The library is an interesting place to be in, especially in the PYP set-up, which allows learners to explore different arenas beyond the curriculum and allows teachers to play with so many different plans, materials, and resources. Being a teacher-librarian in the PYP space has allowed me to learn and become knowledgeable and better understand literature and the craft of writing. I owe a lot of this to the curriculum’s integrative and collaborative format that enables me to learn from faculty across the primary grades.
Transdisciplinary integration is peculiar and essential to the system, as it allows learners to get a gist of how a concept or skill can be applied in different contexts and domains. Even though it has been my first experience in the Learner Resource Center at JBCN International School, or even my first year teaching at all, I have strived to make this integration compelling for at least some sessions during each unit across each grade level. While thinking of ways to amalgamate concepts can be challenging for some central ideas, it is fun to develop inventive ways to give learners that integrative experience. There are some excellent units that allow integration to happen seamlessly. In contrast, others allow you some time and space to focus on standalone sessions to cover the information and media literacy courses with learners.
One such unit allowed me to integrate exceptionally with the grade 2 Unit of Inquiry and English. The central idea was “The Life of a product: from farm to table”. While the UOI focused on processes involved in production/ manufacture and the supply chain of a product, English covered instructional writing processes. This gave me the opportunity to get learners to focus on their instructional writing pieces. I started the unit by covering the parts of a book – cover, title, spine, pages, index, blurb, back cover, etc.; and went on to question them about making a book.
Initially, the responses involved the making of the physical book, like “books are made in the factory” and “We get pages from trees”,; which I followed up with higher-order thinking questions like “Who created the book?” This led to them thinking about the different people involved in the creation of a book:
1) The Author (who has the vision and puts his ideas down on paper)
2) The Illustrator (who works closely with the author to paint a picture of what the words are saying)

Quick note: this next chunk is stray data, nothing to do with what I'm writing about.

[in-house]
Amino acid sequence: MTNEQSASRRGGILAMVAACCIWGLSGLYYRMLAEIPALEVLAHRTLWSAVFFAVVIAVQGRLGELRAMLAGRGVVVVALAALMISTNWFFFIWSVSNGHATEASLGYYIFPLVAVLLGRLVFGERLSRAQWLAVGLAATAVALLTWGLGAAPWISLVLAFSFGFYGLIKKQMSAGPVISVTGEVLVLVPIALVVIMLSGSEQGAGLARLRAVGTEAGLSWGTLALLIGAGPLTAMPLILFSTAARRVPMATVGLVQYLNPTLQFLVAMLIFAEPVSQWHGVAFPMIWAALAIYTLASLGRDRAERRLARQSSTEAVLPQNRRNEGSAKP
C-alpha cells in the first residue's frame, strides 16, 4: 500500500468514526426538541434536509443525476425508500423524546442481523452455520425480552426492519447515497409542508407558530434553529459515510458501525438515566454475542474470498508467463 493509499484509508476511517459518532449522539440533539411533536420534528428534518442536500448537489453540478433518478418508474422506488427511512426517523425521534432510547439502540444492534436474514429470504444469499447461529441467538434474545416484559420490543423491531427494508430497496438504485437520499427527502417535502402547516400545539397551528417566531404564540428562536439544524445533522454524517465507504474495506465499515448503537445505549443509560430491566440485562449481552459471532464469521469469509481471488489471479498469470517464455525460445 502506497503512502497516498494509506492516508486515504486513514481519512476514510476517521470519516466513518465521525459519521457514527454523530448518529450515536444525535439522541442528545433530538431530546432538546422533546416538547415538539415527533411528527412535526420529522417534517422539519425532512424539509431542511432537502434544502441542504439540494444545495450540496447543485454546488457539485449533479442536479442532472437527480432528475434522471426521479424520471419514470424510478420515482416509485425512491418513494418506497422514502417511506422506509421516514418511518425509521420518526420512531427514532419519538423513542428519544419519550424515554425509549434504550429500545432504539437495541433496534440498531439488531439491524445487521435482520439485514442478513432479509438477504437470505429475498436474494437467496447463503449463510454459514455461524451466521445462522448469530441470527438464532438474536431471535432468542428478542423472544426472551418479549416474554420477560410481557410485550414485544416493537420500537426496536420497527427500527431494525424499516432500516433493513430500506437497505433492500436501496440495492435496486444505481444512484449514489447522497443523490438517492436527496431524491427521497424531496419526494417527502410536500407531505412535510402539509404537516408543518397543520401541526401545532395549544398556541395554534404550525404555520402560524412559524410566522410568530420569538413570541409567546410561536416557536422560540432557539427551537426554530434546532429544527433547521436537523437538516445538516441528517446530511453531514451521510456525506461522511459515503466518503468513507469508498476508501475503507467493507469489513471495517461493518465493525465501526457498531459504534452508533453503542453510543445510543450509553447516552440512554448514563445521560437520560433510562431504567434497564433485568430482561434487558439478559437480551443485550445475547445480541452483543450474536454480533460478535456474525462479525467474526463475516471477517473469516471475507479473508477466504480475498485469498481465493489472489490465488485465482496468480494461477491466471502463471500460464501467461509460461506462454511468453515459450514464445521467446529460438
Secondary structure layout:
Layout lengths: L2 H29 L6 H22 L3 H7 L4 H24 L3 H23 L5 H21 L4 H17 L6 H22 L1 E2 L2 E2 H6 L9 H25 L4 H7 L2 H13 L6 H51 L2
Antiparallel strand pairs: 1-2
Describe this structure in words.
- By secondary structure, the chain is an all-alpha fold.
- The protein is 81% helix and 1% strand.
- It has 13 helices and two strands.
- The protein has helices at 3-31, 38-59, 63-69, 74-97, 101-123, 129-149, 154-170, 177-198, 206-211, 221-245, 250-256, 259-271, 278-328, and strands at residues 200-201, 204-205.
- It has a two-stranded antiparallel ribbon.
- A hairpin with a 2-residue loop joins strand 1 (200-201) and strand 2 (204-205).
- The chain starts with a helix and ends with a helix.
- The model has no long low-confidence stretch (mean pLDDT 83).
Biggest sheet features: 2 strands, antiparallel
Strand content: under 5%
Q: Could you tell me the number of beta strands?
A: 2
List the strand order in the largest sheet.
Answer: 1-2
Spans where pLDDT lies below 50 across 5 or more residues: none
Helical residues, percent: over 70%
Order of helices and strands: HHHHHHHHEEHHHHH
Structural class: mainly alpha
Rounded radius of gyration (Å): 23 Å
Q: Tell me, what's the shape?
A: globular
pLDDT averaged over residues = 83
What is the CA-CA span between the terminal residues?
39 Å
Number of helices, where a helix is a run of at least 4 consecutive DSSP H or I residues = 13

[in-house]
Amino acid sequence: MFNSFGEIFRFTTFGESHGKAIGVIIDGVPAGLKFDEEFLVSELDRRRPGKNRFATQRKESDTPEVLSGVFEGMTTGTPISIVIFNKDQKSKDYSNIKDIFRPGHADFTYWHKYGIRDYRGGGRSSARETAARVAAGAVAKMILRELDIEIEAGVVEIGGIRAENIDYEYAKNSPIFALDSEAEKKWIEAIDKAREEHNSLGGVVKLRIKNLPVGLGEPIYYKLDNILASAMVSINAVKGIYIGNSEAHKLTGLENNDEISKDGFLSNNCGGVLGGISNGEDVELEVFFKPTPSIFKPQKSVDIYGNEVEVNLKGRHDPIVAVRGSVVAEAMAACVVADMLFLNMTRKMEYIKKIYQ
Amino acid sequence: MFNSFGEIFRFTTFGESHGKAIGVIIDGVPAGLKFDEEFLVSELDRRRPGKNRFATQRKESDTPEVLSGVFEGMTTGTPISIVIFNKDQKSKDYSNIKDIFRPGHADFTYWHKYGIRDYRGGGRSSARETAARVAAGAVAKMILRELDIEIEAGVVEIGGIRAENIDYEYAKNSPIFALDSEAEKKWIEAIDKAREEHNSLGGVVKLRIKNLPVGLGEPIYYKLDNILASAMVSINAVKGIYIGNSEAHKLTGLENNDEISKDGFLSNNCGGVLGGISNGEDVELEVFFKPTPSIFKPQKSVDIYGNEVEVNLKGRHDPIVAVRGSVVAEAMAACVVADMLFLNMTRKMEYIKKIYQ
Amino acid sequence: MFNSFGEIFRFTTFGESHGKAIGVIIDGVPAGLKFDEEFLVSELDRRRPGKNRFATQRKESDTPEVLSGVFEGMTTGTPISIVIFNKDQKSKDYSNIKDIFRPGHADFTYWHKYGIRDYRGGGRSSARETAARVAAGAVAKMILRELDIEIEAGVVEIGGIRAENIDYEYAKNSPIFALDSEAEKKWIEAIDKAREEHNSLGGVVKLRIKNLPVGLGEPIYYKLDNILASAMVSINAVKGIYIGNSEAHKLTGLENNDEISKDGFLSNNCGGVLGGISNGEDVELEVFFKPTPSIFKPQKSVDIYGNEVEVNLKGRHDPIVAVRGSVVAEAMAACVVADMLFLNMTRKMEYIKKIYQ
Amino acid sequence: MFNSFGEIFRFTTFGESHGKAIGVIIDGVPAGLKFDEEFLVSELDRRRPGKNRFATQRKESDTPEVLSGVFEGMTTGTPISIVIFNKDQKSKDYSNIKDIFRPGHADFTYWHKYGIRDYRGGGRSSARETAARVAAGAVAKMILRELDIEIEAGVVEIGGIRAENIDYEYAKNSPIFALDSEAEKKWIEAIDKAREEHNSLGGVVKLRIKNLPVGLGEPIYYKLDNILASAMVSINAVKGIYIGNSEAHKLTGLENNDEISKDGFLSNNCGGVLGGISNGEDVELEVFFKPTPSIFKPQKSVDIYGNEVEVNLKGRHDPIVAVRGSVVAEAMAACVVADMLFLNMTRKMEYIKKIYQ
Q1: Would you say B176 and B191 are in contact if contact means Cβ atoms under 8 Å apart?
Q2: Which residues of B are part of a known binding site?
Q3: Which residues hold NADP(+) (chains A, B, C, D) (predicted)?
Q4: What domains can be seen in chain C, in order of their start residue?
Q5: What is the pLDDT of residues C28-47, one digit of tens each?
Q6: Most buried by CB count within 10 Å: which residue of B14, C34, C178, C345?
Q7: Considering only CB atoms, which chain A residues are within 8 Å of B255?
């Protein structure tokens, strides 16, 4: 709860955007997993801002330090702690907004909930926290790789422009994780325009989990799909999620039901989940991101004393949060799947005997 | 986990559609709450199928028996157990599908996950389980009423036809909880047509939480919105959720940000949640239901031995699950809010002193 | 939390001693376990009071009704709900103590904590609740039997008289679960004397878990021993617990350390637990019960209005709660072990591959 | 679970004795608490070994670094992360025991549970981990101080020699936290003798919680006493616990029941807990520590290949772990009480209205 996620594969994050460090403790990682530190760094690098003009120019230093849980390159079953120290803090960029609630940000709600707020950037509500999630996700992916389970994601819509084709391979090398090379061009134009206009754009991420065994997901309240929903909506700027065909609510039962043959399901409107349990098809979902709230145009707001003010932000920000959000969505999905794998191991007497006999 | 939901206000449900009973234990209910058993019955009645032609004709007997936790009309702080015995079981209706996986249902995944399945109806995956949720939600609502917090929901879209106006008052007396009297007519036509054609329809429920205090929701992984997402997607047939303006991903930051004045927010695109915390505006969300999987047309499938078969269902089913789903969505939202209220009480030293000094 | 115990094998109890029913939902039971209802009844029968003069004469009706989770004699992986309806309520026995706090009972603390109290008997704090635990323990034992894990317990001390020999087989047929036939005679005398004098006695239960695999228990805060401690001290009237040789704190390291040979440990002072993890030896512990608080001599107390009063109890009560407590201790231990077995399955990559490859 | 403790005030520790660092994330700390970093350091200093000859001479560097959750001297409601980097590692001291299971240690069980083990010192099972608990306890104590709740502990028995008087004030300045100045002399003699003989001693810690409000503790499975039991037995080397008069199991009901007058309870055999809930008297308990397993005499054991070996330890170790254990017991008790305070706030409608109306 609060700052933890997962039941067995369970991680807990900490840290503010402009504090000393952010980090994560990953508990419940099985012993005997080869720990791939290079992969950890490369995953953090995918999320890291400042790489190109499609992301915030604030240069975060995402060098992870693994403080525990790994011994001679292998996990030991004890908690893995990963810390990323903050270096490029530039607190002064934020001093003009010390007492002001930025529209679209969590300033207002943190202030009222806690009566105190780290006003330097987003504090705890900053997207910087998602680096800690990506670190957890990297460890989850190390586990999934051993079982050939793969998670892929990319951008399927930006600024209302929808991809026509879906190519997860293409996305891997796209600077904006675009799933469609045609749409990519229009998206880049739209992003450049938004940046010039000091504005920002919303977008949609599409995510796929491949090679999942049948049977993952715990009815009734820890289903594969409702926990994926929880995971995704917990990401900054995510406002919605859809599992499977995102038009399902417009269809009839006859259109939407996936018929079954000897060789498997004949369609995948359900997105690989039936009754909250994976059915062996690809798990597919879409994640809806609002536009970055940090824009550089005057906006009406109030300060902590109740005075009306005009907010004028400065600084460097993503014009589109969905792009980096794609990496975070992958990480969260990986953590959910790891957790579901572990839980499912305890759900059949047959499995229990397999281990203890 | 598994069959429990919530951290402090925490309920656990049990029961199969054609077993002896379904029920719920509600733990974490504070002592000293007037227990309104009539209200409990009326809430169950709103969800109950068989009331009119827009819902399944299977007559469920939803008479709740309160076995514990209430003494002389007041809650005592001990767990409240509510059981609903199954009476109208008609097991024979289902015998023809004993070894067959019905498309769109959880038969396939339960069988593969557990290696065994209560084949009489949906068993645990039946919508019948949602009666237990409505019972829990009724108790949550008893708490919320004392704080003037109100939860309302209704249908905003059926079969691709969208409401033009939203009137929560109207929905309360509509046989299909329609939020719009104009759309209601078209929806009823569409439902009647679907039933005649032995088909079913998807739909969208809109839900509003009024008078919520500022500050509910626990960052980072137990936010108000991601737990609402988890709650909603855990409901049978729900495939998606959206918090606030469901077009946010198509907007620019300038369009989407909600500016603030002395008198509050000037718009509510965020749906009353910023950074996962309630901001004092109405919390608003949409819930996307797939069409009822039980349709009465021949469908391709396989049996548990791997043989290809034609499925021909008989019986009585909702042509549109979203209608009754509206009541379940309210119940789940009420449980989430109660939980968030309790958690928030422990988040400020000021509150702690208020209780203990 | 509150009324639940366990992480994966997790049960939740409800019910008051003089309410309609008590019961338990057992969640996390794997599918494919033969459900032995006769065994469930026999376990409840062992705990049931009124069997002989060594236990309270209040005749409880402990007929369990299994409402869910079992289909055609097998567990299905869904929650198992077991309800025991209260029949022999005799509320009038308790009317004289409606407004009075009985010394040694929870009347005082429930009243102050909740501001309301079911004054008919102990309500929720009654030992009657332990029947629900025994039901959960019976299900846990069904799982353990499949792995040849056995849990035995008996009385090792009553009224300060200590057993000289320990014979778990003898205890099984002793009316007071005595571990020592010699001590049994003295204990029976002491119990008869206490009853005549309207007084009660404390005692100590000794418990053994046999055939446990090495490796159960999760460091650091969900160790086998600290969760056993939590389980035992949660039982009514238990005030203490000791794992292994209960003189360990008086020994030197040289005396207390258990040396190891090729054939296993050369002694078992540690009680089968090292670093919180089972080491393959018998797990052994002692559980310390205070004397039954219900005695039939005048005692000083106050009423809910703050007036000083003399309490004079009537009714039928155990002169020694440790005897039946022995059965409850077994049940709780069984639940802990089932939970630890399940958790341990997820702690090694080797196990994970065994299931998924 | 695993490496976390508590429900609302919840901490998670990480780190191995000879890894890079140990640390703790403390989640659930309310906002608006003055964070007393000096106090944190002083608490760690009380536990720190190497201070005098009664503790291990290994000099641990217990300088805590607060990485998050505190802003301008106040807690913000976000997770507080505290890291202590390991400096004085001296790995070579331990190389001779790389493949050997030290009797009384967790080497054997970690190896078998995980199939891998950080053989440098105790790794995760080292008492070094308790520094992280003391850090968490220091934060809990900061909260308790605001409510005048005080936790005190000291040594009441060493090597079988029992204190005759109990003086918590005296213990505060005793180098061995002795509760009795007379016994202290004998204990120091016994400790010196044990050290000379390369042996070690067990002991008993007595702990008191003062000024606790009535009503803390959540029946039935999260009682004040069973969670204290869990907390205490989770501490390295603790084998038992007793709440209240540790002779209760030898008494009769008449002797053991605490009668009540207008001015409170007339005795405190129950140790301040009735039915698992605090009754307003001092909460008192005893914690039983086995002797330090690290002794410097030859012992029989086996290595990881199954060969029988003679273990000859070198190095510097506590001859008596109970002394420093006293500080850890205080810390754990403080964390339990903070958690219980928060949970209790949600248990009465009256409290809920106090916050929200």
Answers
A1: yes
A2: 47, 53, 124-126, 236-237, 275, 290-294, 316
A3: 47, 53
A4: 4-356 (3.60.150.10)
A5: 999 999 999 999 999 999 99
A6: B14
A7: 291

3) The Editor (who beautifies the book with words and removes the parts that are not required)
4) The Publisher/ Publishing House (who designs the layout of the book and makes many different copies of the books) Then, a basic overview of creators’ copyright laws was provided, following which I primed them for a writing project. When you tell learners, they will learn how to create their books.
They are excited and encouraged to bring out new ideas and creatives. As English was covering instructional writing, I gave them a choice to write recipes, how to create things (in crafts, like how to build a snowman, how to make a bracelet), how to play a game, or directions to a place. After dedicating sessions to three instructional writing pieces (the Homeroom teachers took up another three parts), one session is dedicated to book layout designing. We collaborated with the Art department, and they dedicated two art sessions for their illustrations and cover pages, respectively. By the end of the unit, learners had a whole book ready. They were the creators of a book they wrote and made themselves, and they were the authors, illustrators, editors and publishers of their creation.
We had a publishing party to celebrate their creations, where they presented their books and had elaborate discussions that involved positive feedback comments from all the learners.
Their books were used for their end of unit culmination. Such an elaborate project allows learners to understand the life of a product hands-on, and they can apply the process to understand and make connections with real-life situations.
The Learner Resource Center occupies a very integral part of the philosophy and pedagogy of the school. It is a critical aspect in defining who we are as a school and driving engaging and integrative programs that foster learning in a manner that stays with learners beyond the classroom.
Therefore, integration is essential, not only for their learning experience but also for our teaching experience, as we learn and grow alongside the learners.
by Preeti Bhatiya